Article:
Reward vs Equity of CrowdFunding? 9,522 Kickstarter backers on project that sells for $2 Billion to FaceBook

By Sydney Armani, CrowdFundBeat News,
Reward VS Equity CrowdFunding, As controversy heats up over Oculus $2 Billion sale to FaceBook.
I think I would have rather bought a few shares of Oculus rather than my now worthless $300 obsolete VR headset. What’s two billion dollars amongst 9,522 friends? I’d be happy with my $300 back.Oculus-Rift-Best-of-CES-600x377

I feel that people right now are just blinded by their hatred for Facebook, I mean… it hasn’t been 10 hours since the purchase and people are already ranting like if someone stole their car.
I know that they’ve done lot’s of bad things against their user’s privacy and that Mark might not the nicest person on the planet, but they are pumping lot’s of cash into the project, and at least this will only help the project to move faster to their goals.
I’m not saying to blindly follow Oculus decisions, i just think that you should not cry for milk that haven’t been spilled yet. I’m impressed; usually forms of media have to come into existence first before they are taken over and ruined by ad companies. This may be a new record.Says Wilson Bilkovich
VR is a part of the future. We are a community that believes this, but outside of this relatively small community the average person needs more convincing. It is of course something of a relief to see a company the size of Facebook willing to bet a decent amount of their play money on Oculus, and it will undoubtedly bring some attention to VR in the short term, but at what cost to the VR community, and Oculus’ mission?
The worry is two-fold. Oculus was very successful in rallying a community around a single piece of technology; they acted to focus VR enthusiasts on one “best path” forward. Oculus’ success to date is based in no small part around their community outreach and their position as an independent engine focused entirely on the improvement of the VR experience. As a small division of Facebook they forfeit that position. And that’s where the second and primary concern comes in.
Facebook is a huge company that does something very boring, very clever and slightly evil. It manages an enormous database that collects vast amounts of information from a population that is not yet savvy to the downsides of trading their private information for the right to use a service at no cost. To date Facebook has dabbled in a variety of hardware projects, and most of them have failed (who all owns a Facebook phone say yeah). It’s safe to say that hardware is not their focus or core competency.
At this point Facebook’s value is hyperinflated. They have value only because of the size of their user base, and while they have been king of the hill for almost a decade there is no law of the universe that prevents them from sharing the fate of Myspace or Friendster. Facebook seems aware of this, and it is doing a very smart thing by spending money while the money is there to spend in an attempt to secure its future position. Instagram, for example, was purchased primarily for its user base. There was nothing preventing Facebook from offering a competing service, but it was much smarter to absorb existing users than to try to attract them from a competitor. Everything Facebook buys is focused on driving customers to the mothership, whether or not they would explicitly prefer not to feed the Facebook machine with every intimate detail of their lives.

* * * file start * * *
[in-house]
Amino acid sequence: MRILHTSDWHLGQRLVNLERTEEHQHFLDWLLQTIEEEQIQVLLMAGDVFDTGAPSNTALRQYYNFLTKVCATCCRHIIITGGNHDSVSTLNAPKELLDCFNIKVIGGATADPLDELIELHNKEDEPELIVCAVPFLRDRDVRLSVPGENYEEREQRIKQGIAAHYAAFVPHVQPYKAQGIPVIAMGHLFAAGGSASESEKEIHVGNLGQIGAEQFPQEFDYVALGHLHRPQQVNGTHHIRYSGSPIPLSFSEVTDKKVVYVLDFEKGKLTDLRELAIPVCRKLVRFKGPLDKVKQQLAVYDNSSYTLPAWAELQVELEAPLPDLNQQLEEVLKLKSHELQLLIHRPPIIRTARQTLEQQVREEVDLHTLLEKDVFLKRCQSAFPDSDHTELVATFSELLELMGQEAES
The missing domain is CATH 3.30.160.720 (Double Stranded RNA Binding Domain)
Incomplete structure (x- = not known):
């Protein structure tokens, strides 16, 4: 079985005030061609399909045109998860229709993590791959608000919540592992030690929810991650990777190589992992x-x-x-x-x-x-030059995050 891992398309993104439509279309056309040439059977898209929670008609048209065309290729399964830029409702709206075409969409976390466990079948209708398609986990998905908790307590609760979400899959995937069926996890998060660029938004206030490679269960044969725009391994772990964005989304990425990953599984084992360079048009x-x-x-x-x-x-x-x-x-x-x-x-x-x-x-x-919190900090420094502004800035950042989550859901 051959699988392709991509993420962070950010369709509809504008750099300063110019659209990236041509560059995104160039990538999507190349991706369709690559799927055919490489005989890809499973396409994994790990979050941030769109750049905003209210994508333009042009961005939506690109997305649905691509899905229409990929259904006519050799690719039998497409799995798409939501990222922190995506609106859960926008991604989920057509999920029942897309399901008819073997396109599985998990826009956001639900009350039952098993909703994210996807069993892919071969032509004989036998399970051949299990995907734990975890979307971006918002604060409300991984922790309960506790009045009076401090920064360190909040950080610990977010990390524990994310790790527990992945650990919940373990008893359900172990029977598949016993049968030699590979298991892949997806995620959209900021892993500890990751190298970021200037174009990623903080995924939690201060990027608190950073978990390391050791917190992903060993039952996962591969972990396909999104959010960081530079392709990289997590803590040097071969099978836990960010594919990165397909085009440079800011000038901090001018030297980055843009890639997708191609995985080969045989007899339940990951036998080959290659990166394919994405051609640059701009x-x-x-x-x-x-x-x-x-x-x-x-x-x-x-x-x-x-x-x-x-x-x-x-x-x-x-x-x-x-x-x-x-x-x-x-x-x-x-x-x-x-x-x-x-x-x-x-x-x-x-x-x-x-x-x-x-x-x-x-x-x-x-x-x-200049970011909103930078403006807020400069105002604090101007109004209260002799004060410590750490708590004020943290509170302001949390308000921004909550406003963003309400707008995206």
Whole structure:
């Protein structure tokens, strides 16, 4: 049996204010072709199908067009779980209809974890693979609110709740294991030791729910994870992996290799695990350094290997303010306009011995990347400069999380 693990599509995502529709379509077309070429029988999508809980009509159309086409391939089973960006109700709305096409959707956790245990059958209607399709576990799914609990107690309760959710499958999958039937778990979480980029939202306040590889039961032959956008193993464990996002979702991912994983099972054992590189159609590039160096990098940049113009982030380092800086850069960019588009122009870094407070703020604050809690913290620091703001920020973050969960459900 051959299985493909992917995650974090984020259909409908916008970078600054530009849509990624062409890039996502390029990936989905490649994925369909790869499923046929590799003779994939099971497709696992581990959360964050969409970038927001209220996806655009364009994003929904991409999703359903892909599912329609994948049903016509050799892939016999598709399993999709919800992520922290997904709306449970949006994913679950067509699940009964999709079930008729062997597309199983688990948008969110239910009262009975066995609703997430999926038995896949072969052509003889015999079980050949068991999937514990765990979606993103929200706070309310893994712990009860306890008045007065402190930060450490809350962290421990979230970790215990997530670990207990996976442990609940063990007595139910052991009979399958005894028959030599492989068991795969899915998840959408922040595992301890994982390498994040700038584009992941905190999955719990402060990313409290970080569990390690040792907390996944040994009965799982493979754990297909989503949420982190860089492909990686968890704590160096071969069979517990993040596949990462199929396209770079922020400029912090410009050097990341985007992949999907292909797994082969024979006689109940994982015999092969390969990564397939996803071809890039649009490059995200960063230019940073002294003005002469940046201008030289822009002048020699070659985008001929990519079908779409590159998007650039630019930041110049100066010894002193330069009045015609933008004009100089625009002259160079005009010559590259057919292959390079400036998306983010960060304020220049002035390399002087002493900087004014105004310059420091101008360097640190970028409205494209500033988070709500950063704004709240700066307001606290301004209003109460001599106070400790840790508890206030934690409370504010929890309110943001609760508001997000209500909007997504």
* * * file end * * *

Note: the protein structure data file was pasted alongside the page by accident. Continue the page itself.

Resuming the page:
So one has to ask oneself, does Facebook want Oculus so that it can be a part of improving the VR experience, or does it simply see Oculus as a wearable information gathering device? A week ago Oculus was a very successful company about a year away from releasing its first consumer VR hardware. Now Oculus’ mission almost has to be to feed more user data into Facebook. It’s hard to imagine a product being released that is not hard-linked to a Facebook account. Now instead of just being a VR pioneer, Oculus users can become the first guinea pigs to share everything they do in their virtual worlds with the Facebook database.
Where you are looking, what you are looking at, who you are interacting with, when are you doing it. These are all more data points for Facebook. And of course there is nothing stopping them from putting targeted ads into a user’s field of vision. Enjoying that virtual world? You might enjoy it more with a Coke.
I’m not a fan of Facebook, but I still use the platform. Part of me is impressed that Facebook has managed to stay relevant for as long as it has, part of me is disgusted by what it does to do so. All of me is worried about what part Oculus has in this puzzle. I just can’t, as hard as I try, imagine anything good.

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